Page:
Ransomware, Threat Management, Governance, Risk and Compliance, Threat Management, Security Strategy, Plan, Budget

NIST urged to help small healthcare providers, add ransomware to framework


As malware- and ransomware-based intrusions will continue to plague healthcare into the foreseeable future, the Workgroup for Electronic Data Interchange (WEDI) is urging NIST to combine its ransomware guide to its flagship cybersecurity framework to provide the sector with much-needed support.

WEDI is a formal advisor for the Department of Health and Human Services Secretary, with a keen focus on advancing standards for data exchange and promoting data privacy and security. The group leveraged their experience to provide healthcare-specific recommendations to NIST in its request for information on the cybersecurity framework.

In mid-February, NIST issued an RFI seeking industry feedback on its flagship cybersecurity framework and supply chain risk management guidance. WEDI issued comments based on its insights from the healthcare sector, noting the NIST resources could be modified to better address some of the most pressing issues facing the sector.

In light of the persistent risk and threats posed by third-party apps, medical devices, and a lack of awareness and access to model cybersecurity policies in healthcare, NIST can assist providers by providing further resources and updating its cybersecurity framework, WEDI officials explained.

Although the NIST cybersecurity standard “represents the benchmark for those seeking to develop a comprehensive cybersecurity program” in healthcare, WEDI believes there should be a stronger focus on ransomware.

NIST issued a ransomware-specific guide in February, but WEDI believes it would best serve providers if it could be incorporated directly into the cybersecurity framework to address the current, persistent state of ransomware threats, which “is driving a lot of resource allocation on the part of healthcare entities.” By merging the two resources, WEDI believes it would better serve the healthcare sector.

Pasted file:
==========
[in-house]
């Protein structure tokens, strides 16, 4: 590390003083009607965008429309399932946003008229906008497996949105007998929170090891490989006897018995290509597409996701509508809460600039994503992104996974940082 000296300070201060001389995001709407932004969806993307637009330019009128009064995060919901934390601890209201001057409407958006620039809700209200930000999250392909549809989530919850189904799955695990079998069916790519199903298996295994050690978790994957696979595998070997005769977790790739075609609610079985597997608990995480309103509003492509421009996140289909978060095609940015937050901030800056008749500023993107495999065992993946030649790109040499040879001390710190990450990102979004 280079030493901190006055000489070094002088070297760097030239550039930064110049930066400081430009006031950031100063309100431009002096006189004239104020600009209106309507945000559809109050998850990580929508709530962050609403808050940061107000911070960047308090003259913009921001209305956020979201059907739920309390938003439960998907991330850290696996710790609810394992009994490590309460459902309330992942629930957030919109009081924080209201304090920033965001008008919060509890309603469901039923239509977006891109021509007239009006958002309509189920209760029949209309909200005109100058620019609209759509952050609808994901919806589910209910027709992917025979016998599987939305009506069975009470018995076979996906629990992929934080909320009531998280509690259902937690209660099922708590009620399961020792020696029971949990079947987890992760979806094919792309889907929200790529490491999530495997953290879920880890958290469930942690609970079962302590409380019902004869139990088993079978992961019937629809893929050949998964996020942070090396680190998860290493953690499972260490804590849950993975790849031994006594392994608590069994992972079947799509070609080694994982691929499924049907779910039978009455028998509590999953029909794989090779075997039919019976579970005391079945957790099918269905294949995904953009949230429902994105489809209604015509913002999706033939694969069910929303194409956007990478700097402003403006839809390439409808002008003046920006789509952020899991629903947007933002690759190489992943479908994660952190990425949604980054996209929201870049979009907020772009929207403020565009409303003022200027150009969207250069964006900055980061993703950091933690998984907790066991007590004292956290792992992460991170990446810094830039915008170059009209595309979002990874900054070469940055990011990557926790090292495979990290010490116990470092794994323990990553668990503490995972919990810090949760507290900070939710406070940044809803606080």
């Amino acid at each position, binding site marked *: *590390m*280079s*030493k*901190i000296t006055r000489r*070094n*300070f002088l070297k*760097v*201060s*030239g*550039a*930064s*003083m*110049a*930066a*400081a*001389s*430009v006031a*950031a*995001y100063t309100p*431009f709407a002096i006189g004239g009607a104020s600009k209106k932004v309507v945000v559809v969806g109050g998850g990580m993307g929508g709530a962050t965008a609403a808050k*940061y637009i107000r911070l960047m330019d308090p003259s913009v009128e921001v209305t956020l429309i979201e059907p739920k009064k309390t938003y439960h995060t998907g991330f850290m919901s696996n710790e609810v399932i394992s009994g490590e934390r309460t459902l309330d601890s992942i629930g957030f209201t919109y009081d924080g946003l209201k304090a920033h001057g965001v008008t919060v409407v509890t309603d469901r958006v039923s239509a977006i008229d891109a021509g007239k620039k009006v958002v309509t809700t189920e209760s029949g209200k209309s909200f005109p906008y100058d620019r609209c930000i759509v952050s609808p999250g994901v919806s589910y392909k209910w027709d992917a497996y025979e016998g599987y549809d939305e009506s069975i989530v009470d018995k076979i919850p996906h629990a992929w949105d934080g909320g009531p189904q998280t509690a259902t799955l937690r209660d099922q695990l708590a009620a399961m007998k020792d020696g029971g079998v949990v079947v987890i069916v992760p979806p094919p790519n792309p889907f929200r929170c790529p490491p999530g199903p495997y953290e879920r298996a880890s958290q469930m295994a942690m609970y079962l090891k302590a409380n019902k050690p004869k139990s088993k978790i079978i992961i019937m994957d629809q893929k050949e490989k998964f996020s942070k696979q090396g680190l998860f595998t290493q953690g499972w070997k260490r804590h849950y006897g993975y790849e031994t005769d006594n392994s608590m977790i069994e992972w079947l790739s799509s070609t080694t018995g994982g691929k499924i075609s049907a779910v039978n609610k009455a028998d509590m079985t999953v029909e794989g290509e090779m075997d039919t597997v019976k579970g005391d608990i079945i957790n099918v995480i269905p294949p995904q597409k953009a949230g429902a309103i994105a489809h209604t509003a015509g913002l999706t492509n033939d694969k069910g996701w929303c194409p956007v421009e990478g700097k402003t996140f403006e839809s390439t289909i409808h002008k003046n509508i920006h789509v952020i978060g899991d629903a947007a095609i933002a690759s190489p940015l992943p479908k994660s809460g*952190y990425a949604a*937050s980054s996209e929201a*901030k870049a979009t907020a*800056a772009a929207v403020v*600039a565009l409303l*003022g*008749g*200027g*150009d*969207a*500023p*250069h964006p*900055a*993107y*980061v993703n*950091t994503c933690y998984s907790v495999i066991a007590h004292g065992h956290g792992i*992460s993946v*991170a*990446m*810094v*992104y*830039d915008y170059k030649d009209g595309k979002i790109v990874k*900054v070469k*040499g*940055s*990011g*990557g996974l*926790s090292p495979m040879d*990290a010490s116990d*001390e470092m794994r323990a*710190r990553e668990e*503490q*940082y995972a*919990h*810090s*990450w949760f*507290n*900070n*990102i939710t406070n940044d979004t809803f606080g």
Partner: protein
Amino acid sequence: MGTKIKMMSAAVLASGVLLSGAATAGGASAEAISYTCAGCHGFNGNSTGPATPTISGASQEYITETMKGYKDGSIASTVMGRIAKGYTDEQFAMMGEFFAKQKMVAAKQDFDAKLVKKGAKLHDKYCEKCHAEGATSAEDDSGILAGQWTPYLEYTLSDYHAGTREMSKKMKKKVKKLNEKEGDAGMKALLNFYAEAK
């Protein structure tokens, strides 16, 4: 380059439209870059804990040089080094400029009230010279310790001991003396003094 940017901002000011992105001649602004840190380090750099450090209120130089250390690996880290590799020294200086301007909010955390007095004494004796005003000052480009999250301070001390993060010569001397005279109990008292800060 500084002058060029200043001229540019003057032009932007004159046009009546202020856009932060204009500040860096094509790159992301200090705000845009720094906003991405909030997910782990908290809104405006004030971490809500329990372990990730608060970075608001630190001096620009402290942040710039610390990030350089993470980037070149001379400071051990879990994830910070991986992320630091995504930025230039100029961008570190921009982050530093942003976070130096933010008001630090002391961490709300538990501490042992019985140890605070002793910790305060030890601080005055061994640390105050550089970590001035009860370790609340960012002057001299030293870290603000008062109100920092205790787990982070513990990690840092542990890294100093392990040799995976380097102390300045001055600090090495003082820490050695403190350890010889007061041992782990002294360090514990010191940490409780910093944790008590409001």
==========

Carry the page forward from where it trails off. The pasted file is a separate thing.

The guides could also be improved with the addition of specific case studies of healthcare ransomware victims of varying organizational size, along with the addition of ransomware-focused insights on contingency planning, execution and recovery.

Ransomware attacks against healthcare organizations pose severe risks not faced by other sectors, as disruptions to operations can impact patient care and morbidity. Adding contingency planning strategies to its flagship guide, specific to healthcare, would greatly benefit the sector, as well.

The framework should also include examples of how vendors, providers and health plans have mitigated these attacks and deployed contingency plans to minimize impact on patient care.

Risks from APIs and apps not addressed by NIST

WEDI also urged NIST to address the risk of Application Programming Interfaces (APIs) and applications to address risks posed by the HHS interoperability push. As previously reported, data shows there’s a need for an API standard to ensure the privacy and security of data in transit and at rest.

A number of industry stakeholder groups have raised concerns that the apps designed to support interoperability “lack the robust privacy standards applicable to the large percentage of third-party app developers not directly associated with covered entities, and therefore not covered under the Health Insurance Portability and Accountability Act.”